AN alarming plague of dragons is heading towards York Theatre Royal Studio this Christmas.

Small ones, tall ones, fiery ones, roary ones, friendly ones, icy ones, scary ones.

They come from the pages of The Book of Dragons by E Nesbit, author of classic children’s books The Railway Children, Phoenix and the Carpet, and Five Children and It.

York Theatre Royal associate director Juliet Forster has adapted the stories from The Book of Dragons and also directs the production, the first in-house Christmas show produced in the Studio from December 12 to January 6.

“I’d read The Book of Dragon stories as a child and had a copy of them. I think stories with dragons were really good for any age. There are nine stories in all and we’re using five of them in the show with some references to other stories,” says Juliet.

“E Nesbit has a really lovely sense of humour and a lot of the dragons in her stories are funny or friendly, not all of them are frightening. Even for someone as young as a three-year-old, dragons are exciting, magical beings.

“There are great female protagonists in what are battling dragons kind of stories. There’s a princess who’s really feisty and it’s a very modern take. The dragons are all really different and really interesting. It was difficult to choose which ones to put on stage.”

The adaptation features a brother and sister called Harry and Effie who return as young adults to their childhood home where they find dragon tracks in the snow. It’s revealed the pair are dragon detectives.

Harry and Effie’s Book of Dragons is full of tales and legends, handed down from long, long ago, as well as really recent eye witness accounts. It records suspected dragon sightings, close encounters of the dragon kind, even dragon conspiracy theories.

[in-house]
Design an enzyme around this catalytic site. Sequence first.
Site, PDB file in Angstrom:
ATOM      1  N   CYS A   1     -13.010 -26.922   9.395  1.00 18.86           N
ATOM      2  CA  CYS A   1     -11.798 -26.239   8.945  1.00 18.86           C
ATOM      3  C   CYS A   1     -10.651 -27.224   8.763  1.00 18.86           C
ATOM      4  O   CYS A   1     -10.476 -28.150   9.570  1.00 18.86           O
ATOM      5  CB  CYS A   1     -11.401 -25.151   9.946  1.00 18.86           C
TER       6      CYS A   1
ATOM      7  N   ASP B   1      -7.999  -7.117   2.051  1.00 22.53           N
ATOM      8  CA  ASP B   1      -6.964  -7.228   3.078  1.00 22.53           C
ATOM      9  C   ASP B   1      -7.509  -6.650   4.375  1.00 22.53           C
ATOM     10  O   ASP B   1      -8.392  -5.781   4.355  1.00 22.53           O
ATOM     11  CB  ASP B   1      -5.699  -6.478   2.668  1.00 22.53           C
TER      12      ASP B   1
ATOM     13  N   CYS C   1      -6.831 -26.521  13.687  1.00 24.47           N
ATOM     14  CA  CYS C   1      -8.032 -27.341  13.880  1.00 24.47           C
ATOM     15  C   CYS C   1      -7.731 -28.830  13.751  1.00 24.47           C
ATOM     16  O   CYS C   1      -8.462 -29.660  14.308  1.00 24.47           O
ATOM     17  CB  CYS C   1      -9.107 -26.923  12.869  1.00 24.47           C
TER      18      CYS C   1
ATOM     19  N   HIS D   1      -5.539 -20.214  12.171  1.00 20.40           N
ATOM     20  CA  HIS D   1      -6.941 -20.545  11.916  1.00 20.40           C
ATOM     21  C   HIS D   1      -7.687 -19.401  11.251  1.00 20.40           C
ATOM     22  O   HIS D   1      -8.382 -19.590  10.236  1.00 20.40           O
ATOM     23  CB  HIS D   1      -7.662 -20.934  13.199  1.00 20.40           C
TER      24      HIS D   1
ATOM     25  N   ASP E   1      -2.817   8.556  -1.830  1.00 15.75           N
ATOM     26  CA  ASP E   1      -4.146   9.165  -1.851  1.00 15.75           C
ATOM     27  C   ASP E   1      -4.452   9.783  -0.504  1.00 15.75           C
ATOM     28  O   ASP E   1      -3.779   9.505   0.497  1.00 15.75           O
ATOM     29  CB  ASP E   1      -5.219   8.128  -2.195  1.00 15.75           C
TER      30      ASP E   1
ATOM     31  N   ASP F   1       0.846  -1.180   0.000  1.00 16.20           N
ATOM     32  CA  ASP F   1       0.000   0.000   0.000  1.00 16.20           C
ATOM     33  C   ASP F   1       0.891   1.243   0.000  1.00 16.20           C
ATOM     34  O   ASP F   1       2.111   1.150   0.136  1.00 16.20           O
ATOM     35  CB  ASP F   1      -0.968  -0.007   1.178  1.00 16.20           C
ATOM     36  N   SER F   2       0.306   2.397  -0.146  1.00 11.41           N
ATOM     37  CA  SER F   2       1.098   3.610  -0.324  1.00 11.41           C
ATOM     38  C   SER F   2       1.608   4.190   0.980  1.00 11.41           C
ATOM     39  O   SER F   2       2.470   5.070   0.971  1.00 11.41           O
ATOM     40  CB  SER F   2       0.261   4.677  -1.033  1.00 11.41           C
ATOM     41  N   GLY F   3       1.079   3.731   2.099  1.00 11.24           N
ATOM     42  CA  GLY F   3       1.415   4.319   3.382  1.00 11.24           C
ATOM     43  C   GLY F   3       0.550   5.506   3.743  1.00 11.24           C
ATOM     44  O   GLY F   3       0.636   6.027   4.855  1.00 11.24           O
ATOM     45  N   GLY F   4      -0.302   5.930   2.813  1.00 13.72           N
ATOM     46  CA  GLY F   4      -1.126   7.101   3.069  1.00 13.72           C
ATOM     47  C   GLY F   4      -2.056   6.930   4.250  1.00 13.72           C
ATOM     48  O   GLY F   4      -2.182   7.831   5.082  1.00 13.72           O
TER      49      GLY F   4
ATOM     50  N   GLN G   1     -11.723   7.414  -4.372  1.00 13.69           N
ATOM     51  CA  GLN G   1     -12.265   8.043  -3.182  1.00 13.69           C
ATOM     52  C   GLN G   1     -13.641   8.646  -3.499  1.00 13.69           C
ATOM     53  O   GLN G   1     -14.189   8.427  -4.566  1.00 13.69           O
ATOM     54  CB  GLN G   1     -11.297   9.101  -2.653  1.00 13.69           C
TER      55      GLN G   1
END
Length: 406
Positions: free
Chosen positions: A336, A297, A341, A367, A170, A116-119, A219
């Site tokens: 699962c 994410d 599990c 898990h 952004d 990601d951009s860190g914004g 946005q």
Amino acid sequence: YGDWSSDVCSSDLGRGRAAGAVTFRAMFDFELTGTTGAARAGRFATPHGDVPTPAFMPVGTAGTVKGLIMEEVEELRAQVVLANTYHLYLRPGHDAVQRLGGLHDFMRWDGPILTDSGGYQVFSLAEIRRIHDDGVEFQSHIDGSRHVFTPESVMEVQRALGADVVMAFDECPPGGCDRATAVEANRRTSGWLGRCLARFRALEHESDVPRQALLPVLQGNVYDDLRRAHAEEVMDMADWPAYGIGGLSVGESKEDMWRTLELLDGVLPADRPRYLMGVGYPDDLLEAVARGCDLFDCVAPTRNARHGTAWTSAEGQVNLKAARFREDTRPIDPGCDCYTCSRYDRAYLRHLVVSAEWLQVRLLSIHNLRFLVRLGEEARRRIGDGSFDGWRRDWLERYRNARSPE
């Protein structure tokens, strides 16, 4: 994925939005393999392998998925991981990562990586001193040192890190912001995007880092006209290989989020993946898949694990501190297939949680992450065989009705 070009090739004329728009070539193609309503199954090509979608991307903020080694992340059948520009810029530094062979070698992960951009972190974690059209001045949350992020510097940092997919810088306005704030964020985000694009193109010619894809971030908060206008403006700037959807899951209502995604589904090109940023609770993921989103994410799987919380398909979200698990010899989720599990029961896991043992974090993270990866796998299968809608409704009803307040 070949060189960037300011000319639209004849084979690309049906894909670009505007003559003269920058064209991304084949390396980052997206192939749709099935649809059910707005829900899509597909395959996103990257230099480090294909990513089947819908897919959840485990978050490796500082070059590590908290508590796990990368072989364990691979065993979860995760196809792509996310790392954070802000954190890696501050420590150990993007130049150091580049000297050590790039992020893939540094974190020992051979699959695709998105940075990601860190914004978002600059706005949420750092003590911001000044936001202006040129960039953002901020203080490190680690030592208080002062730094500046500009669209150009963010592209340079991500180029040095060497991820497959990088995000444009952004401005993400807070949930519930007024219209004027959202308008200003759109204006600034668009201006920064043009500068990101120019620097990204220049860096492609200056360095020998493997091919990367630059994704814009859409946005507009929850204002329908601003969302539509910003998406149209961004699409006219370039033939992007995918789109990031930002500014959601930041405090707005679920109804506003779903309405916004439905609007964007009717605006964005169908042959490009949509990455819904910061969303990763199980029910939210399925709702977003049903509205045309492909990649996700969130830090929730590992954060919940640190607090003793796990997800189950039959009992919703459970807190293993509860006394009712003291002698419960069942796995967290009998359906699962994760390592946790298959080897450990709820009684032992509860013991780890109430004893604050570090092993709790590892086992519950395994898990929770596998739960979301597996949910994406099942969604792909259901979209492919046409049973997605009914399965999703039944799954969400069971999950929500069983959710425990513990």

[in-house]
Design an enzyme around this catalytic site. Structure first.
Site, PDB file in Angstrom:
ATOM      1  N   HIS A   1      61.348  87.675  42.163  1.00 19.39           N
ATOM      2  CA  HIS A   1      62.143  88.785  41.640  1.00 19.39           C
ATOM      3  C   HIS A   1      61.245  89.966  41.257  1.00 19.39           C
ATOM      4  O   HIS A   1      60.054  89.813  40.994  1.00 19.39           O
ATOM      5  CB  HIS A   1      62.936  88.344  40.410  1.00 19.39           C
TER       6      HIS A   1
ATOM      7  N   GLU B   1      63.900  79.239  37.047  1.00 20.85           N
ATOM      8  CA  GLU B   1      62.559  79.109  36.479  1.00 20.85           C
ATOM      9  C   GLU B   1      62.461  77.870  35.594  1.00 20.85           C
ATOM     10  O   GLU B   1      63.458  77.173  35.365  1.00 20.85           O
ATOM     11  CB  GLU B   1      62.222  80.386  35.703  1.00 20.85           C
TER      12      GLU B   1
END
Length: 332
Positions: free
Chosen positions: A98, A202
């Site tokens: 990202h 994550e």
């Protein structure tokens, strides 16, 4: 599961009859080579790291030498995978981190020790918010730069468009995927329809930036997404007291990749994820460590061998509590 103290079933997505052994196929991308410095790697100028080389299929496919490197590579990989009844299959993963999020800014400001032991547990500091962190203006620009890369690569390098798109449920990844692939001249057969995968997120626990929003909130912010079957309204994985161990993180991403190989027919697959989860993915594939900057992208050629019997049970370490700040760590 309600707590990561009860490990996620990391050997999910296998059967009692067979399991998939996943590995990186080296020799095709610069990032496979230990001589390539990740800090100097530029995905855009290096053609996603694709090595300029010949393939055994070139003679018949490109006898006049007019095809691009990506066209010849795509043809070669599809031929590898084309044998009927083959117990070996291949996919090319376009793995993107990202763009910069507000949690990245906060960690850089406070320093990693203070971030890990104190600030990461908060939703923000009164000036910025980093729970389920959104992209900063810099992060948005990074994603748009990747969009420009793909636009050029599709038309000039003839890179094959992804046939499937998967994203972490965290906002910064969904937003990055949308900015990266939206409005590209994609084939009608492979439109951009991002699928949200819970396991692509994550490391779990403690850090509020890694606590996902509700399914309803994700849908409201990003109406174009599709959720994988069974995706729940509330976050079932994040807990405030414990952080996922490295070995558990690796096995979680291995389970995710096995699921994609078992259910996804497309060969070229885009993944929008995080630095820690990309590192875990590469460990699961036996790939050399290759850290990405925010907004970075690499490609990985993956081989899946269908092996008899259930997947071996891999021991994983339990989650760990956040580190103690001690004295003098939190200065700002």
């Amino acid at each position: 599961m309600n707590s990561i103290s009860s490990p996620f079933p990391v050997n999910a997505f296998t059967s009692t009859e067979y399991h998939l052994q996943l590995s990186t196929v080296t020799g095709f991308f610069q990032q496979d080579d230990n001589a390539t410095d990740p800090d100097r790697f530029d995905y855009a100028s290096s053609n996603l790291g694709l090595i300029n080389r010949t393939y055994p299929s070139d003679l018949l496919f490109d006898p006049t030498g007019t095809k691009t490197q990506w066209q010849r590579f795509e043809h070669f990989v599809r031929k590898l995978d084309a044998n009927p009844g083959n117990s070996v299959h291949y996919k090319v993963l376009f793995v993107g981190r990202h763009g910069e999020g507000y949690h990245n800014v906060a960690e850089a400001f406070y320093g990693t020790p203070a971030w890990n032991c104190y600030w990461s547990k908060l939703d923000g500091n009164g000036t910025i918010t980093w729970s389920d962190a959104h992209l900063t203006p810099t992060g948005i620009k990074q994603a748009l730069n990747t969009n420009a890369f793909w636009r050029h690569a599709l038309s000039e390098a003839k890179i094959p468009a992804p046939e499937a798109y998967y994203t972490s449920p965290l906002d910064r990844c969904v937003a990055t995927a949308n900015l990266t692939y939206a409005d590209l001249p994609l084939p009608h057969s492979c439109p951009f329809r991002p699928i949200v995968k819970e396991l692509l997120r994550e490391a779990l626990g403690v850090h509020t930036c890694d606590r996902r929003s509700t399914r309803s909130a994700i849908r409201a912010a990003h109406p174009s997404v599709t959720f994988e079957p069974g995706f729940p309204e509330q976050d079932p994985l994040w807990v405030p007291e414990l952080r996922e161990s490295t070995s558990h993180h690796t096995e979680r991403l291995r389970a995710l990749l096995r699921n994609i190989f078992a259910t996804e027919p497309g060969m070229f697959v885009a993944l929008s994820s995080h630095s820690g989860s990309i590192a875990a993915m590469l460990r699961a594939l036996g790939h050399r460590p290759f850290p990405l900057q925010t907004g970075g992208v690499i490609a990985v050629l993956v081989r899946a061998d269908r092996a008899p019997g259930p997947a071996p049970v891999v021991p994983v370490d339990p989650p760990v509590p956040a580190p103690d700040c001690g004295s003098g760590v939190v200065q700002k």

“So it’s a bit like the X Files for dragons,” says Juliet. “They use their time finding out about dragons and record it all in a book so they have all the top tips on how to deal with dragons, should you ever run into one. It all started when they were little and there was this alarming plague of dragons that they dealt with.

“That takes us into the first story, which is about the plague of dragons, and then they tell stories they’ve gathered and these are brought to life through physical storytelling, live animation and shadow puppetry.”

Emilio Iannucci (Harry) graduated from Royal Central’s Acting, Collaborative and Devised theatre course in 2015. He is a co-founder of the physical theatre collective Vantage Point, who debuted with their show This Might Be It last Christmas. His recent credits include feature film Death of Stalin, Peter Pan at the Mercury Theatre, animation series Myro, Tall Stories’ The Snow Dragon, and Twelfth Night and Henry V at the Pendley Shakespeare Festival. Emilio is also a singer-songwriter and an enthusiast for climbing trees in his spare time.

Elizabeth Mary-Williams (Effie) grew up in the Midlands with her Jamaican father and Irish mother. Her studies and training began in Kent, spanned California, and culminated in London at RCSSD. Specialising in physical theatre, aerial circus, and ensemble, her roles have taken her to three continents (so far) starring inThe Selfish Giant (Arcola Theatre), Tweedledum in Les Enfants Terribles' immersive Alice's Adventures Underground (The Vaults) and Lady Eboshi in Whole Hog Theatre’s adaptation of the Studio Ghibli animation Princess Mononoke (New Diorama & AIIA Theatre, Tokyo).

  • E Nesbit’s The Book of Dragons,York Theatre Royal Studio, Tuesday, December 12, to Saturday, January 6. Tickets £14.50-£11.50. Box office 01904 623568.